Friday, December 31, 2010

Rabbi Shafran's interpretation of Pres. Obama - Strikeout

Our Not-So-Humble Opinions By Rabbi Shafran

Miss the good old days?

When, that is, we had a President who refused to allow the US to participate in the UN’s Durban Review Conference because he believed Israel would be unfairly criticized.

A President who rejected the Goldstone report, and refused to participate in joint military exercises with Turkey when Ankara insisted Israel be excluded.

A President who asked Congress to approve a $205 million package to help Israel build a new anti-missile defense system. [...]

Homerun or Strikeout: A Reply to Rabbi Shafran

Critique by Jonathan Rosenblum

Every columnist aspires to write — at least occasionally — something of such originality that he will be quickly distinguished from the common herd of scriveners. In that respect, “Our Not-So-Humble Opinions” by my erstwhile colleague and long-time friend Rabbi Avi Shafran, in which he attempts to defend the Middle East policies of the Obama administration, is a homerun.

The danger, however, of swinging for the fences is that one is more likely to strikeout. Sometimes the source of one’s originality lies in having said something so strikingly wrong that no one ever thought of it before. That, I will argue, is the case with Rabbi Shafran’s piece. Not that I expect to convince Avi, since I’m reasonably confident that he has read dozens of previous pieces of mine on this topic, without falling sway to the power of my arguments.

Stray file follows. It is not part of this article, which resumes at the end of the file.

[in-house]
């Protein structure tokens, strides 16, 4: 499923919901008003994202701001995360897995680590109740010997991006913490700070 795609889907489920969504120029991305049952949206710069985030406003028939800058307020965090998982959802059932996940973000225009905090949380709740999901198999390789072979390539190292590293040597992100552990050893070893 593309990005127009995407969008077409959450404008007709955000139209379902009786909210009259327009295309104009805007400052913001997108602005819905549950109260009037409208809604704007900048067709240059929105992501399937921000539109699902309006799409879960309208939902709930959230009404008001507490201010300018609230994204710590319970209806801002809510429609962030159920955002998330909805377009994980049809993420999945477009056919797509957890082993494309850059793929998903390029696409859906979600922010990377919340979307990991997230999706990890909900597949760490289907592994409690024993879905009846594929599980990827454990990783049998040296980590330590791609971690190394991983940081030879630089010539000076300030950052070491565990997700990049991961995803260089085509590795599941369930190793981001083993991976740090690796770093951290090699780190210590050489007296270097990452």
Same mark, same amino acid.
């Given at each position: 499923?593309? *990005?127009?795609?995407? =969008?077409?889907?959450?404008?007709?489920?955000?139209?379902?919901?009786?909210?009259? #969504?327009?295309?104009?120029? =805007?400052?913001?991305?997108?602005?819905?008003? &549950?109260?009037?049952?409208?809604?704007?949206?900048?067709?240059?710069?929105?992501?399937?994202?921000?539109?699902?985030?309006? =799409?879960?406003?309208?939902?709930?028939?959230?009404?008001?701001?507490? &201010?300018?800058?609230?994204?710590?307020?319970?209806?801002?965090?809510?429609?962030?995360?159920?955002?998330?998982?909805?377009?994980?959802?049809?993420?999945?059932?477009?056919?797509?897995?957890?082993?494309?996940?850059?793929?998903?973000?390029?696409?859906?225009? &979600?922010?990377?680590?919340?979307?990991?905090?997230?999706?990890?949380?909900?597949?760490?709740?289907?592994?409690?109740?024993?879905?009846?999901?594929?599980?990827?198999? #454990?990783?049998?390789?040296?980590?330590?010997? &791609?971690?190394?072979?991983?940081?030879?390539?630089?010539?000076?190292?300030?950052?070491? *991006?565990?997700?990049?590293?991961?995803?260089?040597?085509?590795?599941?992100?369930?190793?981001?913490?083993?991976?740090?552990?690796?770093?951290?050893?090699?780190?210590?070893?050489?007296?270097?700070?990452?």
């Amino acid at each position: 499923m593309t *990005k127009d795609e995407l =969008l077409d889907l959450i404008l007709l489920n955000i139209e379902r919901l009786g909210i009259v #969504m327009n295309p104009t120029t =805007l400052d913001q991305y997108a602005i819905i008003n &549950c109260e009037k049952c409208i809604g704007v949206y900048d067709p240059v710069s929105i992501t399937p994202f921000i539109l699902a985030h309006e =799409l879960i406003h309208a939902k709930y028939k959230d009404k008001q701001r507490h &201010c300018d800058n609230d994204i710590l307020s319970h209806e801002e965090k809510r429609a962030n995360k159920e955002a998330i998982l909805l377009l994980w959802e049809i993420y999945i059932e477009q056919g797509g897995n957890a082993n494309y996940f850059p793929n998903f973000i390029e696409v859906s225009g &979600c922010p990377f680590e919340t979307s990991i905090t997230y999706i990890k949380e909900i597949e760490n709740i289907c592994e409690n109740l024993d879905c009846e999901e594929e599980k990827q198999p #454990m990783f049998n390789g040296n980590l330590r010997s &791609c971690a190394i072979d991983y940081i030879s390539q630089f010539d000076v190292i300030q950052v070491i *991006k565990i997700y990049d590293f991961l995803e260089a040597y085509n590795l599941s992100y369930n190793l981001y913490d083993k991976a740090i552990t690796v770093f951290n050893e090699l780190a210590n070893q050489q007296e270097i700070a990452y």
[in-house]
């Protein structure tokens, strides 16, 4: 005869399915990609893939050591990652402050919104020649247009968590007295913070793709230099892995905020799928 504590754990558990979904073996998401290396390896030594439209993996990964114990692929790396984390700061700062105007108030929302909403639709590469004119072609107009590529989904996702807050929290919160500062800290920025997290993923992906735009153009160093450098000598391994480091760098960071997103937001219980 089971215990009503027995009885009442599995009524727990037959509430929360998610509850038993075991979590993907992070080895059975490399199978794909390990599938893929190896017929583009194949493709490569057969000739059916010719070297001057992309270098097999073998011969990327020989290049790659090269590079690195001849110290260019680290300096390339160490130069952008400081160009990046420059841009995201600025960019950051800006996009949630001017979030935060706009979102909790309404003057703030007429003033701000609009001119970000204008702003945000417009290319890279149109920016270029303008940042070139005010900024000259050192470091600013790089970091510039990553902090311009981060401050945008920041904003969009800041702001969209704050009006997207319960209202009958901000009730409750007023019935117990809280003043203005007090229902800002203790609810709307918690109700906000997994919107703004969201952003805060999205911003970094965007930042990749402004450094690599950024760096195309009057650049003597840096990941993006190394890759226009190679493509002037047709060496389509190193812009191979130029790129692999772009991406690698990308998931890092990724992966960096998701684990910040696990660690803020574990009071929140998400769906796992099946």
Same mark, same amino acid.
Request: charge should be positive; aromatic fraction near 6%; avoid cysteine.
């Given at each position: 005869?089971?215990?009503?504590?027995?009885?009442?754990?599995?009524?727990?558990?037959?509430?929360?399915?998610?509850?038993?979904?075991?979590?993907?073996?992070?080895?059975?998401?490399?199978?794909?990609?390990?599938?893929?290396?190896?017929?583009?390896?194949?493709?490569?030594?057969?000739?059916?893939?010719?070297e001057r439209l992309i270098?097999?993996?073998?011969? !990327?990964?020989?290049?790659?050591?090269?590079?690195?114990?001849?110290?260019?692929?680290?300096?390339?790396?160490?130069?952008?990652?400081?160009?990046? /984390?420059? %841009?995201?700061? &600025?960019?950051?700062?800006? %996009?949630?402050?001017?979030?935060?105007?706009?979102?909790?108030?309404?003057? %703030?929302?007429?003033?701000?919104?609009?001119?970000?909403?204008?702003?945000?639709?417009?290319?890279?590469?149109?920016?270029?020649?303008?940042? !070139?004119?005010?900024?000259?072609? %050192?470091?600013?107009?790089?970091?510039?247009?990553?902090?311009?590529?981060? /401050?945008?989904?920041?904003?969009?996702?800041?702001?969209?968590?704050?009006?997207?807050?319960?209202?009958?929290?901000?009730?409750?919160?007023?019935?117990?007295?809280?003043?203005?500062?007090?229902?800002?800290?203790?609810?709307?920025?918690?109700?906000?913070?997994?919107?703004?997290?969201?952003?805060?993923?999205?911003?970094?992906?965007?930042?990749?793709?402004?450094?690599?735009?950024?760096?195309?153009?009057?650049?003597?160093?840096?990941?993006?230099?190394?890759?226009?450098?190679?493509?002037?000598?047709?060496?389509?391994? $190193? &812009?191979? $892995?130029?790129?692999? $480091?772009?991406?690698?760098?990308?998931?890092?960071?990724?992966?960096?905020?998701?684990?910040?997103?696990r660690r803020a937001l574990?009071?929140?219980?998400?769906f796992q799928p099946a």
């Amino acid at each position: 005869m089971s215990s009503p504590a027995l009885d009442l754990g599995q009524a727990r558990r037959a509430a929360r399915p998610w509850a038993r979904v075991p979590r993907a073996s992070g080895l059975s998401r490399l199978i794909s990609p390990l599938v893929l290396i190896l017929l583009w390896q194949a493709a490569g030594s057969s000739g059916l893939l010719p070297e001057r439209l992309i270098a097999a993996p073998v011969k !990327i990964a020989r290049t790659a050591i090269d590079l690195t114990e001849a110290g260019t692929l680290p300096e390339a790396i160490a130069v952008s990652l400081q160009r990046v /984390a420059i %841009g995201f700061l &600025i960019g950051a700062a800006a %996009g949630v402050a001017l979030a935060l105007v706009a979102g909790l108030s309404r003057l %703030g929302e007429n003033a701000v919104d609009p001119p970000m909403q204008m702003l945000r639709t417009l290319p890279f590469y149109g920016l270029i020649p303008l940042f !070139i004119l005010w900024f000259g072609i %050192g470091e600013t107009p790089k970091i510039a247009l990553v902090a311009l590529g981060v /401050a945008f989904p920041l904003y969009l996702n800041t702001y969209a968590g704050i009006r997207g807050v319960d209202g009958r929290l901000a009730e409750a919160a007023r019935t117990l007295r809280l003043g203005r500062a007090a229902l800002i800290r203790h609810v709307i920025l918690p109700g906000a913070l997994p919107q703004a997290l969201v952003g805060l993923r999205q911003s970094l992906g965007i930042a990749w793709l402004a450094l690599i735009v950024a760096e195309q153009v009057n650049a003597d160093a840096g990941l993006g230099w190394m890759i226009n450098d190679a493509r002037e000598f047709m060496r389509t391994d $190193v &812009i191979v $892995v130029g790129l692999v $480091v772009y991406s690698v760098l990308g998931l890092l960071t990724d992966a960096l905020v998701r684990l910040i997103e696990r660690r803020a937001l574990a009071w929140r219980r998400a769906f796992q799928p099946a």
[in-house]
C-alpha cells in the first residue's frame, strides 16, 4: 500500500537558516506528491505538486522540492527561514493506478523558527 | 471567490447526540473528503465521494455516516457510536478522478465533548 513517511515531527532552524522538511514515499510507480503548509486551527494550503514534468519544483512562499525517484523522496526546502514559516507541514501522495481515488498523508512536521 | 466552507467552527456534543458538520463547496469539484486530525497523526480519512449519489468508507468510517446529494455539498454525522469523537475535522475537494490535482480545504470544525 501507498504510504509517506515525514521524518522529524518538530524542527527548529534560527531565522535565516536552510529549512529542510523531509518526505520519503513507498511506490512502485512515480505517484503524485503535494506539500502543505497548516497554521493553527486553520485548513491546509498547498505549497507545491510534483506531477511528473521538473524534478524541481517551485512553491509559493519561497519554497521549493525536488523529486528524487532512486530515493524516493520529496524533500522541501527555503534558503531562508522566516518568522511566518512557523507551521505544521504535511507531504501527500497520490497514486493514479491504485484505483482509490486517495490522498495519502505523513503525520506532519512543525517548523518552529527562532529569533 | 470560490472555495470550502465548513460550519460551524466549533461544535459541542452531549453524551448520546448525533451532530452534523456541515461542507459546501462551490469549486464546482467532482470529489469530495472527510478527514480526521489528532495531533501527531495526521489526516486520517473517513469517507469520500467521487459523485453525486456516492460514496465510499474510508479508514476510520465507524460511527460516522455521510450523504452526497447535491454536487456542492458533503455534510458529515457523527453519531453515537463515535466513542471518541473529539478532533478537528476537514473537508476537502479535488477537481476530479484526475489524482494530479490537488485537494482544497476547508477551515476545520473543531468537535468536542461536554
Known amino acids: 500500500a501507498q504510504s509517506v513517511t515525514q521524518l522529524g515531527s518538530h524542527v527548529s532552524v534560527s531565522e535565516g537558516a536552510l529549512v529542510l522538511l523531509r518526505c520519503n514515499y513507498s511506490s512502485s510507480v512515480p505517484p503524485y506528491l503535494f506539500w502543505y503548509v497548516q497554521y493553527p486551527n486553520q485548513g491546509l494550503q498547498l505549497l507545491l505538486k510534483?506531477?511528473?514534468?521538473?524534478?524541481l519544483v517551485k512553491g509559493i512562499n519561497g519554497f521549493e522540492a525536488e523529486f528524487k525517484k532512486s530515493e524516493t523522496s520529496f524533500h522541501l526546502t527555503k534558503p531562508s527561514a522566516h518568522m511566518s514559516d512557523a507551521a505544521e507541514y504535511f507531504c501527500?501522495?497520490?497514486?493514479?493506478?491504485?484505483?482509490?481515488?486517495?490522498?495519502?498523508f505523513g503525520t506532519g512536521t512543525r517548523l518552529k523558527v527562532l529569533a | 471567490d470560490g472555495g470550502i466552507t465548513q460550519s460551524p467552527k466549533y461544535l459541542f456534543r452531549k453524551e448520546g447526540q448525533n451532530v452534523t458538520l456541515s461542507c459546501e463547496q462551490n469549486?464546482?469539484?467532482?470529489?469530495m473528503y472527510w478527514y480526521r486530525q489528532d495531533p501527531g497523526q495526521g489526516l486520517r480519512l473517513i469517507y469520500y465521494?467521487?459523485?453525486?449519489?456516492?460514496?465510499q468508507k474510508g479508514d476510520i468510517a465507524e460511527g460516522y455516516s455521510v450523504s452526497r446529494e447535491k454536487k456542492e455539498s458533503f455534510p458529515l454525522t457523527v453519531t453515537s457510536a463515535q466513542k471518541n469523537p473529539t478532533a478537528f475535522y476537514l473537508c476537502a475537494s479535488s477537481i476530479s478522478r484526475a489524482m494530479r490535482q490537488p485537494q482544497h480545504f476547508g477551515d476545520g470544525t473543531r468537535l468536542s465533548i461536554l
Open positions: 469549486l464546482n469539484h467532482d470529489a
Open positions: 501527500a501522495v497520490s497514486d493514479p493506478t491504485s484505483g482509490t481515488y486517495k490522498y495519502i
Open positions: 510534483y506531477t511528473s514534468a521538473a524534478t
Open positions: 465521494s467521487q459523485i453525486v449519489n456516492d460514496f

Indeed I suspect that I fall into the category of “intelligent and otherwise well-informed frum folks,” whom he considers somewhat deranged on the subject of the Obama administration’s policy to Israel. In that regard, I can only respond that at least I am in sync with the overwhelming majority of my fellow Israeli Jews, about 10% of whom view President Obama’s foreign policy as “pro-Israel” today, despite the great enthusiasm that greeted his election in Israel. My fellow Israelis and I could, admittedly, be wrong in our judgment, but I doubt it is because we are so much less well-informed than Rabbi Shafran. Since it is our lives on the line, we do try to keep reasonably up-to-date on shifts in American foreign policy. [...]

1 comment :

  1. (IMHO) Rav Shafran being the Agudah spokesman for decades, his internal vibes, visual perspective, and understanding is tainted by this POV-- dedication to the oval office, passivity regarding Israeli policy, and needed Democratic financial handouts.

    To completely ignore, the Presidents posture and admiration towards the Arab world and its leadership - while treating Israel with a condescending attitude is hard to explain. In this case, Rosenblum got it straight. Shafran does not debate his point of view, states it firmly and never acquiesce. Read some of his and Agudah's statements after the Gaza explusion, each one has been proven in the wrong.


please use either your real name or a pseudonym.